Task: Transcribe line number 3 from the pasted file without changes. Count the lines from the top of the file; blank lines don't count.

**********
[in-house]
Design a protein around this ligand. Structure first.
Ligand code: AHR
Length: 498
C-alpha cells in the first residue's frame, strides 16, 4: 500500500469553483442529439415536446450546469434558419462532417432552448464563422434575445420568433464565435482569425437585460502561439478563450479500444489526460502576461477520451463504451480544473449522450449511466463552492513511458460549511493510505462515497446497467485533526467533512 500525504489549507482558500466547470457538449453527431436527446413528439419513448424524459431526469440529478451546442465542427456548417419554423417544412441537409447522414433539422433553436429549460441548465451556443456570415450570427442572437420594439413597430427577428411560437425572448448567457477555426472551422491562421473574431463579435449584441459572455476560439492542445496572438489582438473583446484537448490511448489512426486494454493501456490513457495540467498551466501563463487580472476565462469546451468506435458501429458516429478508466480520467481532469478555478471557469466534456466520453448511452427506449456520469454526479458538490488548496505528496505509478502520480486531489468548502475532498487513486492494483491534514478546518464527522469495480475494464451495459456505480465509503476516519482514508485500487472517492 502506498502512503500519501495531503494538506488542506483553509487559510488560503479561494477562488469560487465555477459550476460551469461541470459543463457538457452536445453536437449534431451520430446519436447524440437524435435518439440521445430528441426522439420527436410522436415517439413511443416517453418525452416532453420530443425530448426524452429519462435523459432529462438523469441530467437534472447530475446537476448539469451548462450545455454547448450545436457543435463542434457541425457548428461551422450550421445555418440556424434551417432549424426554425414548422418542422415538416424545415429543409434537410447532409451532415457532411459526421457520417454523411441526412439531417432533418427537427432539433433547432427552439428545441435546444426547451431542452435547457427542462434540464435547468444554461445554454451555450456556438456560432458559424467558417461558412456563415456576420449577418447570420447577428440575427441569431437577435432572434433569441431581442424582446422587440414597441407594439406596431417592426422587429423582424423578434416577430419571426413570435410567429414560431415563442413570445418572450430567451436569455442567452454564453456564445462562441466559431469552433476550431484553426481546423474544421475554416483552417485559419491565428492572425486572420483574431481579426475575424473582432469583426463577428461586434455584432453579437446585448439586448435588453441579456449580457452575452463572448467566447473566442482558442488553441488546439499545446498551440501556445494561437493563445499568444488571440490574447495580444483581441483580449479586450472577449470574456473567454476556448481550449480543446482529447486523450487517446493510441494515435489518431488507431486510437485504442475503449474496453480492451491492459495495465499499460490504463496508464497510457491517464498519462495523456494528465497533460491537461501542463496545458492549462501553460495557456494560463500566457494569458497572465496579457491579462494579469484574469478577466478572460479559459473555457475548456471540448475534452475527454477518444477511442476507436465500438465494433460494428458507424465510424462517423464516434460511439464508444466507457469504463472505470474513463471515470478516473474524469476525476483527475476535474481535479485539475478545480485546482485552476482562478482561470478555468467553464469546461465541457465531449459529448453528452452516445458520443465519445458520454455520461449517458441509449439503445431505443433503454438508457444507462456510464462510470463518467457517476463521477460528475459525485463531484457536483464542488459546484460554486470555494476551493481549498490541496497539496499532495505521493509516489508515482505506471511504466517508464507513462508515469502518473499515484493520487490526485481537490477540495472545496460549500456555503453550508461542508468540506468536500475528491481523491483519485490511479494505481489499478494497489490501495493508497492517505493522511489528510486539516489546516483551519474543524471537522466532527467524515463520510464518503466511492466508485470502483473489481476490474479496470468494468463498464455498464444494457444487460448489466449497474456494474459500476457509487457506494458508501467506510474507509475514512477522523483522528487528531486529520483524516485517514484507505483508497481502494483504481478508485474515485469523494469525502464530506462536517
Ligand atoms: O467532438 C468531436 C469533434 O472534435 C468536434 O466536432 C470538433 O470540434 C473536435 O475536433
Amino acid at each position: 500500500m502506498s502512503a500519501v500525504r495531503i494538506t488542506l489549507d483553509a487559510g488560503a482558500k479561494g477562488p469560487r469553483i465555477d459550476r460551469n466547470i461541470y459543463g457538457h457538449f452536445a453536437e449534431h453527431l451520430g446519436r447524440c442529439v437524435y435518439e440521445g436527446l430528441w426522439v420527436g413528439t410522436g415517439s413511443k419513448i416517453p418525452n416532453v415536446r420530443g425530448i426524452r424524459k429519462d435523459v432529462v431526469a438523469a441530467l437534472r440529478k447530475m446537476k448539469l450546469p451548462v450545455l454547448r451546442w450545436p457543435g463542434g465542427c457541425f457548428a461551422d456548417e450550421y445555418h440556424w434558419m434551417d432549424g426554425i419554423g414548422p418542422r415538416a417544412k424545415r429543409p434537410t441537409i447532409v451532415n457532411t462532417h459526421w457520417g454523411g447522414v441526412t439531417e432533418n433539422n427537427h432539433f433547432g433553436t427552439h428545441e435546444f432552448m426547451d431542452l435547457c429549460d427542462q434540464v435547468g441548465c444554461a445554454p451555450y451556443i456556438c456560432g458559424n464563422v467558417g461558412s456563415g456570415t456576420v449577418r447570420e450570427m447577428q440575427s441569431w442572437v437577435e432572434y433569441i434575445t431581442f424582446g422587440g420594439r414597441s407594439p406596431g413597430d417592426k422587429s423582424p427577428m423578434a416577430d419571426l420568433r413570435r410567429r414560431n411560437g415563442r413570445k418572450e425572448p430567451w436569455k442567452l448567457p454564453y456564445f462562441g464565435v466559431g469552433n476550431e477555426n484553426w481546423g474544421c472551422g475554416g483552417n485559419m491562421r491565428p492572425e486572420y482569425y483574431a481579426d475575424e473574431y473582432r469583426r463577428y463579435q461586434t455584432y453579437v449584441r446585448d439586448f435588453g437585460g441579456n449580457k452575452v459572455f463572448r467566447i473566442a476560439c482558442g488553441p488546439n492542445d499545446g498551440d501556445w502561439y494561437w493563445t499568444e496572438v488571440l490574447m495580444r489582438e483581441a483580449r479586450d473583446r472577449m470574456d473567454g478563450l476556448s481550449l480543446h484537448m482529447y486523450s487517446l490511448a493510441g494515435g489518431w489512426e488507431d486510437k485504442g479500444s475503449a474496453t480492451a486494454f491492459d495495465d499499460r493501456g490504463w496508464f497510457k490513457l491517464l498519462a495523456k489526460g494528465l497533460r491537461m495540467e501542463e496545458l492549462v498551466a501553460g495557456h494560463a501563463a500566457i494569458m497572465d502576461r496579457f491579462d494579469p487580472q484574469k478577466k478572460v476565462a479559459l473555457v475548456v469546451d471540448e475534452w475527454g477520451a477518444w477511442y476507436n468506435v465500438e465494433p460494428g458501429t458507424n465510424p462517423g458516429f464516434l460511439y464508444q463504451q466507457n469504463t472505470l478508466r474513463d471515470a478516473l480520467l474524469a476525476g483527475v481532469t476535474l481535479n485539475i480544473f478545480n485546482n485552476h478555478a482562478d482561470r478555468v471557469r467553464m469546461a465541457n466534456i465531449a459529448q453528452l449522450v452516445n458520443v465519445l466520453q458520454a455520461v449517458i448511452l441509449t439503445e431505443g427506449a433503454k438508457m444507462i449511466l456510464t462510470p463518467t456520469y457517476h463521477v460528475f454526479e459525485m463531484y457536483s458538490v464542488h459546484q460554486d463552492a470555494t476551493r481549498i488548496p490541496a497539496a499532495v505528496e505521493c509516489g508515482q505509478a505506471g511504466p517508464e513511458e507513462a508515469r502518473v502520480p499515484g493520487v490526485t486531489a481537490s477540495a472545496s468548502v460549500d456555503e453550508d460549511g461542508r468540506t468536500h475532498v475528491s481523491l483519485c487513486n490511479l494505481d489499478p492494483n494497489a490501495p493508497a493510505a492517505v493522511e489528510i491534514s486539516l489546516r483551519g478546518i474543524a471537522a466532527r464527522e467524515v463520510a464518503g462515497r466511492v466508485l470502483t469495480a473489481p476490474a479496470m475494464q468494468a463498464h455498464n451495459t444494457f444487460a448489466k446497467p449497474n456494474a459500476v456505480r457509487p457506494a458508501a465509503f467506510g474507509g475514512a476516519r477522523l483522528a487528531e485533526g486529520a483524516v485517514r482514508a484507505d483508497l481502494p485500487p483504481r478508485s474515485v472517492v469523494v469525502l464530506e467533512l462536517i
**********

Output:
Ligand code: AHR